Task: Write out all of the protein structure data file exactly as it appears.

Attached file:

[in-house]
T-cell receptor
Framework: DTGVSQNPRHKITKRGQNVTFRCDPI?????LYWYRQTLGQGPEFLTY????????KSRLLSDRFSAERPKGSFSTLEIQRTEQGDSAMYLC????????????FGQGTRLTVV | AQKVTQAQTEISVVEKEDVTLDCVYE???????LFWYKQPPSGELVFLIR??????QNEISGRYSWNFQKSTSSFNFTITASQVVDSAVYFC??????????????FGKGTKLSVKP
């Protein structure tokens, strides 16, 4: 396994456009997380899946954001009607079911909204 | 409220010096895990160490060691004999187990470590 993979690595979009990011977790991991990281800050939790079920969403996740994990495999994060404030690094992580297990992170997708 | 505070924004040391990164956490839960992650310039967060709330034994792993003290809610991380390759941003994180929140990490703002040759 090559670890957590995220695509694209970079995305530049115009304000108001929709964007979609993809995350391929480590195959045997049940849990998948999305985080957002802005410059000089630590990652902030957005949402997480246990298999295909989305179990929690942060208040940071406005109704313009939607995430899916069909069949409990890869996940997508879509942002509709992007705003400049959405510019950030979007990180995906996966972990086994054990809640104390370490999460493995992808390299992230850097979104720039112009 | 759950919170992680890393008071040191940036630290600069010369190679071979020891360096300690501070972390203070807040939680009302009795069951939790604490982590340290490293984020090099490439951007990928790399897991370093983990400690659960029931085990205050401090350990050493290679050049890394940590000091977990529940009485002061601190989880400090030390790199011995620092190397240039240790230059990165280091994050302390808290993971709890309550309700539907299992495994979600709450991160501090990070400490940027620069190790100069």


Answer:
[in-house]
T-cell receptor
Framework: DTGVSQNPRHKITKRGQNVTFRCDPI?????LYWYRQTLGQGPEFLTY????????KSRLLSDRFSAERPKGSFSTLEIQRTEQGDSAMYLC????????????FGQGTRLTVV | AQKVTQAQTEISVVEKEDVTLDCVYE???????LFWYKQPPSGELVFLIR??????QNEISGRYSWNFQKSTSSFNFTITASQVVDSAVYFC??????????????FGKGTKLSVKP
């Protein structure tokens, strides 16, 4: 396994456009997380899946954001009607079911909204 | 409220010096895990160490060691004999187990470590 993979690595979009990011977790991991990281800050939790079920969403996740994990495999994060404030690094992580297990992170997708 | 505070924004040391990164956490839960992650310039967060709330034994792993003290809610991380390759941003994180929140990490703002040759 090559670890957590995220695509694209970079995305530049115009304000108001929709964007979609993809995350391929480590195959045997049940849990998948999305985080957002802005410059000089630590990652902030957005949402997480246990298999295909989305179990929690942060208040940071406005109704313009939607995430899916069909069949409990890869996940997508879509942002509709992007705003400049959405510019950030979007990180995906996966972990086994054990809640104390370490999460493995992808390299992230850097979104720039112009 | 759950919170992680890393008071040191940036630290600069010369190679071979020891360096300690501070972390203070807040939680009302009795069951939790604490982590340290490293984020090099490439951007990928790399897991370093983990400690659960029931085990205050401090350990050493290679050049890394940590000091977990529940009485002061601190989880400090030390790199011995620092190397240039240790230059990165280091994050302390808290993971709890309550309700539907299992495994979600709450991160501090990070400490940027620069190790100069």